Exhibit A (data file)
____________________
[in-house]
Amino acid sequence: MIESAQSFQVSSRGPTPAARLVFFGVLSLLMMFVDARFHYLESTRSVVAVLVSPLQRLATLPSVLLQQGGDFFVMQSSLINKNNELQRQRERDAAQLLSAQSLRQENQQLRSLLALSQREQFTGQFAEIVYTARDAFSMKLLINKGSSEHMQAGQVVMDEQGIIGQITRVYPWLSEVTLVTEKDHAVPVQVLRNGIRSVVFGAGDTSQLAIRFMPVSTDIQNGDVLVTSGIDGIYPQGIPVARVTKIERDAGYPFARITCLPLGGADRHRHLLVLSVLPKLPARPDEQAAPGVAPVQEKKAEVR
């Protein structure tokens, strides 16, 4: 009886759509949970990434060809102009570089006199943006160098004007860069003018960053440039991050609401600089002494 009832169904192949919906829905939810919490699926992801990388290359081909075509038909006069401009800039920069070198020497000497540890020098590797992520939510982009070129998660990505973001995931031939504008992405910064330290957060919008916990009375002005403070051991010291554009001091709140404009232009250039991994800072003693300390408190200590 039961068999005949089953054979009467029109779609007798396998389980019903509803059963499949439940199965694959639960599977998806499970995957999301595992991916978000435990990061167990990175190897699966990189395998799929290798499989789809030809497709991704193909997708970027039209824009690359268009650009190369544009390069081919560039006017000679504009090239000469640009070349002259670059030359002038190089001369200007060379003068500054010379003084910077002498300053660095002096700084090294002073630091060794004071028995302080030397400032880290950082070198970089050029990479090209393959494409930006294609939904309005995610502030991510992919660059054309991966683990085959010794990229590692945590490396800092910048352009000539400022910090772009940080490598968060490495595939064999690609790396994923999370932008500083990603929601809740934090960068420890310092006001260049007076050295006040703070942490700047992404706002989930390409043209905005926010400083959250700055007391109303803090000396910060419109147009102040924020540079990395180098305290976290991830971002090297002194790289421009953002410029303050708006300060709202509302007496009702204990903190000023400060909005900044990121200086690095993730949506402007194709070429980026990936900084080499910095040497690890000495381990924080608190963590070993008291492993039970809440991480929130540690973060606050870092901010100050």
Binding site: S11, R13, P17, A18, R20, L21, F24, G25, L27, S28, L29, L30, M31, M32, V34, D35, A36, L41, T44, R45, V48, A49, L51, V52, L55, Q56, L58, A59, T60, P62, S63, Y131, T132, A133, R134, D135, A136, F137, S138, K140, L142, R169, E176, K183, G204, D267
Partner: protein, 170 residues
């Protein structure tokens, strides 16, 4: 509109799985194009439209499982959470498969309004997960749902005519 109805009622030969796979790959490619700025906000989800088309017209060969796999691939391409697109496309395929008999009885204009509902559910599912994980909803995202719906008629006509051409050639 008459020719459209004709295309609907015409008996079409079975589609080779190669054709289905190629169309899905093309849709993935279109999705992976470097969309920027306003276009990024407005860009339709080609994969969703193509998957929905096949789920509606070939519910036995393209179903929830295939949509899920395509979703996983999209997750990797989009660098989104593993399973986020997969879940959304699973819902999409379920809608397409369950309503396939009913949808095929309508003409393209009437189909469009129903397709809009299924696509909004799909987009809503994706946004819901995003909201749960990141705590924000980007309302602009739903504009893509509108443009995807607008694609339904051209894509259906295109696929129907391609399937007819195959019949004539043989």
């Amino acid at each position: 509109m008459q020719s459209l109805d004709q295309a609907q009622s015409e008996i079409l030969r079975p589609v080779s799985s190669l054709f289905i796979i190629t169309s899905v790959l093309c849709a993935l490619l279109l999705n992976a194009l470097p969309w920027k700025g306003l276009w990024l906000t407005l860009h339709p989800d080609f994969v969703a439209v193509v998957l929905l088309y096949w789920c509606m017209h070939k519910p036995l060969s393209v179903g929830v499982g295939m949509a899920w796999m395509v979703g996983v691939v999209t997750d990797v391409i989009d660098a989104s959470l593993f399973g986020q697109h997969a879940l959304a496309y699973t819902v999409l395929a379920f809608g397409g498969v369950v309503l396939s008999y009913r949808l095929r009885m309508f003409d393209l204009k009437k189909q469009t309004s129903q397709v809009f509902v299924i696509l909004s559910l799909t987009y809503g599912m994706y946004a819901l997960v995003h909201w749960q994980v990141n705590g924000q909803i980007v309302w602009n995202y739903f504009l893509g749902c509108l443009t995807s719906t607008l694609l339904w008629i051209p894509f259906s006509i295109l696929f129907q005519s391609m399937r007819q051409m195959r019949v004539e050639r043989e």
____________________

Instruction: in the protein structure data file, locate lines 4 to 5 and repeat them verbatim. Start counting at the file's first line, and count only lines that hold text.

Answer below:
Binding site: S11, R13, P17, A18, R20, L21, F24, G25, L27, S28, L29, L30, M31, M32, V34, D35, A36, L41, T44, R45, V48, A49, L51, V52, L55, Q56, L58, A59, T60, P62, S63, Y131, T132, A133, R134, D135, A136, F137, S138, K140, L142, R169, E176, K183, G204, D267
Partner: protein, 170 residues